Francesco Molinari, of Italy, hits from a bunker on the second hole during the second round for the Masters golf tournament. Photo: Matt Slocum/AP

AUGUSTA – Francesco Molinari’s confidence has grown exponentially in the year since his last trip to the Masters, but Italy’s British Open champion still isn’t 100 percent comfortable at daunting Augusta National.

“I feel a massive difference when I’m on the greens or around the greens compared to my previous times here,” said Molinari, who is making his eighth Masters start.

Molinari claimed his first major title at Carnoustie last year and delivered a scintillating 5-0 performance for Europe in a Ryder Cup triumph over the United States.

Molinari, whose results in the past 12 months also include 2018 victories in the US PGA Tour’s Quicken Loans National and the European Tour’s flagship BMW PGA Championship, fired a final-round 64 to win the Arnold Palmer Invitational last month.

The 36-year-old said the results are the product of years of work – including a complete rebuild of his putting.

He fired an impressive bogey-free five-under par 67 on Friday to seize a share of the early second-round lead at the Masters – but he’s not about to let his guard down.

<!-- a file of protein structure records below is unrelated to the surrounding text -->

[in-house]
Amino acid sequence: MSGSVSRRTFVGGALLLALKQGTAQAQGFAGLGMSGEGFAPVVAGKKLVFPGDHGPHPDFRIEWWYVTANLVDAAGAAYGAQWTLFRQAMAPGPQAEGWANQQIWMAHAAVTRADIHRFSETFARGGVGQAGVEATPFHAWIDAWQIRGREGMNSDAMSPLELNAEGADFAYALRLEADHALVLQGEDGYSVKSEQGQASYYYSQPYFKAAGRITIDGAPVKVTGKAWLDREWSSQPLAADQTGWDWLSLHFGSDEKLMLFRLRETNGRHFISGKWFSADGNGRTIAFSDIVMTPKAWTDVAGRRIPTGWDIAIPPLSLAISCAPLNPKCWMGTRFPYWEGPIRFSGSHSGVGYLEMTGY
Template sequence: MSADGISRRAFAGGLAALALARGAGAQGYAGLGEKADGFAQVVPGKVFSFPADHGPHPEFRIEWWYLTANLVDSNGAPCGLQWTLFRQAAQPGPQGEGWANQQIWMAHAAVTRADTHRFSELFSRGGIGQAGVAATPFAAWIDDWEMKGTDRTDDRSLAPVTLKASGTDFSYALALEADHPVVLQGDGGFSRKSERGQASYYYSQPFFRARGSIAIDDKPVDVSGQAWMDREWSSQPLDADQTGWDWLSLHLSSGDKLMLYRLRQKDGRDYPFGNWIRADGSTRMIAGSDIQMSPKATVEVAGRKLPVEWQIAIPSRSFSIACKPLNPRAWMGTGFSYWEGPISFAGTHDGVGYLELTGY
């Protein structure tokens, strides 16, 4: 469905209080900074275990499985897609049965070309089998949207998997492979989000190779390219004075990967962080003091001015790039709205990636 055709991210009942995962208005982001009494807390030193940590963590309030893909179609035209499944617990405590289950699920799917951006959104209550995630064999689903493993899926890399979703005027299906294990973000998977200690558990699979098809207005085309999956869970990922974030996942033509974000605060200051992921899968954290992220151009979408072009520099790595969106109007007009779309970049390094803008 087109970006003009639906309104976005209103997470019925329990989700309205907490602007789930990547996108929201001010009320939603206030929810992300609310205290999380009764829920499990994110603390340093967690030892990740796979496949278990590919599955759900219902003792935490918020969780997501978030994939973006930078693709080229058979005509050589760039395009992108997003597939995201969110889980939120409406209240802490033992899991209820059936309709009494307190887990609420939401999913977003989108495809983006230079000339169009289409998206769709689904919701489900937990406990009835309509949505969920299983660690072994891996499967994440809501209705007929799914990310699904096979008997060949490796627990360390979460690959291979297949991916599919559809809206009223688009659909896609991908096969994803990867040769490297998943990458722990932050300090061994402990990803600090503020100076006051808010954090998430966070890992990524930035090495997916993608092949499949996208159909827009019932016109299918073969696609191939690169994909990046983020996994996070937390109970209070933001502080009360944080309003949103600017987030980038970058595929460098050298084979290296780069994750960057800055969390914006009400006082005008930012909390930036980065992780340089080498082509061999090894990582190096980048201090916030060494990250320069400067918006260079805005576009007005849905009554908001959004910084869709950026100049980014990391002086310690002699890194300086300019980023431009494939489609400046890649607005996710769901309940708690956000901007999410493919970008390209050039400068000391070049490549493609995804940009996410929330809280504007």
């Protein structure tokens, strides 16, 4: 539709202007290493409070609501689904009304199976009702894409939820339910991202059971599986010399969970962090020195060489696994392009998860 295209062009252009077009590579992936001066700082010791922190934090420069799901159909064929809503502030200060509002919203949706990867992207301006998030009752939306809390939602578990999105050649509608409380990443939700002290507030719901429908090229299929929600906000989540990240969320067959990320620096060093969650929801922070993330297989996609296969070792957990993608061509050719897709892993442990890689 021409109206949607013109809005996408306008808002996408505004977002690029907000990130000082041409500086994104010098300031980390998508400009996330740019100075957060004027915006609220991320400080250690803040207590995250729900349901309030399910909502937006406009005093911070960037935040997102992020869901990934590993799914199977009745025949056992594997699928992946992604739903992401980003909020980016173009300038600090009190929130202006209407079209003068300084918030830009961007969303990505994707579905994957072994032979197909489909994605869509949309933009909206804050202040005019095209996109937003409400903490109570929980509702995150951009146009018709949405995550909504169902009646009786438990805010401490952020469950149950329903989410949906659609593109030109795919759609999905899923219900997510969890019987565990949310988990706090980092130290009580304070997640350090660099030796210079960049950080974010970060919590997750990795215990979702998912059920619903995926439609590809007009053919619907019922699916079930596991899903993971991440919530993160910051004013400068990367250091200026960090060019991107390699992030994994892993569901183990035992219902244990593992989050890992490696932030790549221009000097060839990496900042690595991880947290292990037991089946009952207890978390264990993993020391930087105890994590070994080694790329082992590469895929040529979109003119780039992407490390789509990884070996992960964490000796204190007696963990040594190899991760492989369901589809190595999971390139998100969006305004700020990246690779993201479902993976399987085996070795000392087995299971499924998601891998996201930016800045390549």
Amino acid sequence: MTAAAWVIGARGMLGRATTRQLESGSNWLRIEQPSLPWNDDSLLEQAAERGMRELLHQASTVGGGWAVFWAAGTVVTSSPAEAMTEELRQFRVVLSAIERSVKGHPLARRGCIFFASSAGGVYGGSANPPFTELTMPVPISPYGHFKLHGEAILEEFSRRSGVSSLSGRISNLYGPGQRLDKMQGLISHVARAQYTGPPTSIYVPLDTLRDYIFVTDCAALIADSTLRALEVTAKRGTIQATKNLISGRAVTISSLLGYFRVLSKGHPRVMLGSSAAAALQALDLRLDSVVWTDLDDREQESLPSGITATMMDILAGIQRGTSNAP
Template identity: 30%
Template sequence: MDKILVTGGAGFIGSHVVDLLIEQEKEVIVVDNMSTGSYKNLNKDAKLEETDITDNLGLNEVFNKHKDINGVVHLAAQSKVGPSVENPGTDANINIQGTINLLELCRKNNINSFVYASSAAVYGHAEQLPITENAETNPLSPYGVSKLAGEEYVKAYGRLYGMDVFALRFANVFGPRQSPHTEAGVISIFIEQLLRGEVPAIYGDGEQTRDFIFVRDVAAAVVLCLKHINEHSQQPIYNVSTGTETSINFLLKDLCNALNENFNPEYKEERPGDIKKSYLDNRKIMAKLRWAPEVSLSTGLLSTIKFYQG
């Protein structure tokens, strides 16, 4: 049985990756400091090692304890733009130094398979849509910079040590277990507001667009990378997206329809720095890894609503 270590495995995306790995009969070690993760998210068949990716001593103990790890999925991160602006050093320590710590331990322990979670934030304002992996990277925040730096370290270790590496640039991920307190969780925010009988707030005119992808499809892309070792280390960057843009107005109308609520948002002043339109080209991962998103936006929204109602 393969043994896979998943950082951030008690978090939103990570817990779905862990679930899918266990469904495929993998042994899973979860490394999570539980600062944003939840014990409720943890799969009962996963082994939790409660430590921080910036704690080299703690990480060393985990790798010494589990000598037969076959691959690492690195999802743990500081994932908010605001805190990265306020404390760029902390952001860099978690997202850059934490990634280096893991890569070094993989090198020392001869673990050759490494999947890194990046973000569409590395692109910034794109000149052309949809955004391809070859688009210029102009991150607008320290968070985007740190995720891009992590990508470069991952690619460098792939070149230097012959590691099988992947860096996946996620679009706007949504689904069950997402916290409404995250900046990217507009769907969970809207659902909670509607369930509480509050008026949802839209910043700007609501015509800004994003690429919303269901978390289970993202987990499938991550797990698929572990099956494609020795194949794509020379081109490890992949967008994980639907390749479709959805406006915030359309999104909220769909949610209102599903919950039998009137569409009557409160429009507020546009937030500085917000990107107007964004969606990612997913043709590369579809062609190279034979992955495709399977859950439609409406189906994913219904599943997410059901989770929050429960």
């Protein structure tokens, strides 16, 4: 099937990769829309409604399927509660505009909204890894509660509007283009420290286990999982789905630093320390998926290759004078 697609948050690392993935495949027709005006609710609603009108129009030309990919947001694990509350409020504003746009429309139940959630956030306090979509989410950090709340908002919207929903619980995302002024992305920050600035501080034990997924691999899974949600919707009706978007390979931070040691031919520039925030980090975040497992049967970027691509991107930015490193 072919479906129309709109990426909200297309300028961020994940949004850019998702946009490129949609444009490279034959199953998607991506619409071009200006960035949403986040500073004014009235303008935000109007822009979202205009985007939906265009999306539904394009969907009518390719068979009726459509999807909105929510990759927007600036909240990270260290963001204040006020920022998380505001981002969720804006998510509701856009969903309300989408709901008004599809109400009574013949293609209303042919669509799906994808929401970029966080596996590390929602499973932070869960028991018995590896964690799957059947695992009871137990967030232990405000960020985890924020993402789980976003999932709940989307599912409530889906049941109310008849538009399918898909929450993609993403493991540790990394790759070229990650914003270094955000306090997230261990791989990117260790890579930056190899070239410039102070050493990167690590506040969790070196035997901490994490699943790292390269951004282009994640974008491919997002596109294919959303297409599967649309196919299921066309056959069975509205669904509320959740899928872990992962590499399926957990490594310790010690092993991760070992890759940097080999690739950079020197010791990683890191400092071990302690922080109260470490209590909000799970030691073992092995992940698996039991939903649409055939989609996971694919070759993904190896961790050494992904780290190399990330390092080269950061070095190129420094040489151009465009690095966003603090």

“It’s still pretty uncomfortable when you’re standing over some putts or some chips, because the margins are so small that you can be as good as you want, but you still know there’s not a lot of room to miss,” he said.

“I’m happy that so far I’ve done better than in the past and hopefully I can keep doing the same.”

In seven prior Masters appearances, Molinari’s best finish was a tie for 19th back in 2012.

That wasn’t his first brush with Augusta, which came when he caddied for his brother Edoardo, who played in 2006 as the the previous year’s US Amateur champion.

Molinari, who was just heading into his second year on the European Tour, said it was an exciting, if not particuarly edifying, experience.

“I have lots of memories, mostly the fact that I didn’t really enjoy caddying,” he said. “I love being here, and I love caddying for my brother, but it was just so hard to give him clubs, and it seemed a bit of a nightmare, standing with the bag, waiting for him to hit the shots.”

Molinari said the experience was great motivation, although at the time he never imagined he’d be a regular at the Masters.

As recently as last year, he said he never felt like a contender, but the improvements in his game around and on the greens have changed all that.

“I definintely feel I have a lot more control of my pace on the greens and in general with the chipping, the trajectory, the spin.

“I just feel better,” he said. “I think that feeds into the long game, as well, knowing that I can hit irons without being completely terrified of missing a green in the wrong spot.”

AFP